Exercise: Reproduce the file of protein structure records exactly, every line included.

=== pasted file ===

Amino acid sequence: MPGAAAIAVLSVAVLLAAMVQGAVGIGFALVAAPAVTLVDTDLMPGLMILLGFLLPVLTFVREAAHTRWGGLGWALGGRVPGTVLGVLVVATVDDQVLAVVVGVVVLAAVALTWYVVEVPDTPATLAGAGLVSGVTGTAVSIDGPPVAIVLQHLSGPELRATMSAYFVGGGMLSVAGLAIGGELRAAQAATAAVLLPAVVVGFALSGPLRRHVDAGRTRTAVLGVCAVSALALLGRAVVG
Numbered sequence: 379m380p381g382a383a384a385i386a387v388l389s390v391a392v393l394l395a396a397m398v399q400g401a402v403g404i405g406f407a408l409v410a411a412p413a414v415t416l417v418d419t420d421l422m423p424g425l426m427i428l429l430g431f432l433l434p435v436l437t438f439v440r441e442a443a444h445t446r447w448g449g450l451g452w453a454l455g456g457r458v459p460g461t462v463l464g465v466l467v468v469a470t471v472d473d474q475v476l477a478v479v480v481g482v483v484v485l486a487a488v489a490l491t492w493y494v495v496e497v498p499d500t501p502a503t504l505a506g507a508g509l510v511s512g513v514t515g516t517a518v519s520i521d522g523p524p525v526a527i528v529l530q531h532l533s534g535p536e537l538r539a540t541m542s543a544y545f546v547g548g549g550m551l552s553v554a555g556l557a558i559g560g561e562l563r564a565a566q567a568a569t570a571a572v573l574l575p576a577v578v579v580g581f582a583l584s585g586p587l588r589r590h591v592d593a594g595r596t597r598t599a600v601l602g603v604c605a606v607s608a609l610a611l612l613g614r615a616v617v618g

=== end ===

Amino acid sequence: MPGAAAIAVLSVAVLLAAMVQGAVGIGFALVAAPAVTLVDTDLMPGLMILLGFLLPVLTFVREAAHTRWGGLGWALGGRVPGTVLGVLVVATVDDQVLAVVVGVVVLAAVALTWYVVEVPDTPATLAGAGLVSGVTGTAVSIDGPPVAIVLQHLSGPELRATMSAYFVGGGMLSVAGLAIGGELRAAQAATAAVLLPAVVVGFALSGPLRRHVDAGRTRTAVLGVCAVSALALLGRAVVG
Numbered sequence: 379m380p381g382a383a384a385i386a387v388l389s390v391a392v393l394l395a396a397m398v399q400g401a402v403g404i405g406f407a408l409v410a411a412p413a414v415t416l417v418d419t420d421l422m423p424g425l426m427i428l429l430g431f432l433l434p435v436l437t438f439v440r441e442a443a444h445t446r447w448g449g450l451g452w453a454l455g456g457r458v459p460g461t462v463l464g465v466l467v468v469a470t471v472d473d474q475v476l477a478v479v480v481g482v483v484v485l486a487a488v489a490l491t492w493y494v495v496e497v498p499d500t501p502a503t504l505a506g507a508g509l510v511s512g513v514t515g516t517a518v519s520i521d522g523p524p525v526a527i528v529l530q531h532l533s534g535p536e537l538r539a540t541m542s543a544y545f546v547g548g549g550m551l552s553v554a555g556l557a558i559g560g561e562l563r564a565a566q567a568a569t570a571a572v573l574l575p576a577v578v579v580g581f582a583l584s585g586p587l588r589r590h591v592d593a594g595r596t597r598t599a600v601l602g603v604c605a606v607s608a609l610a611l612l613g614r615a616v617v618g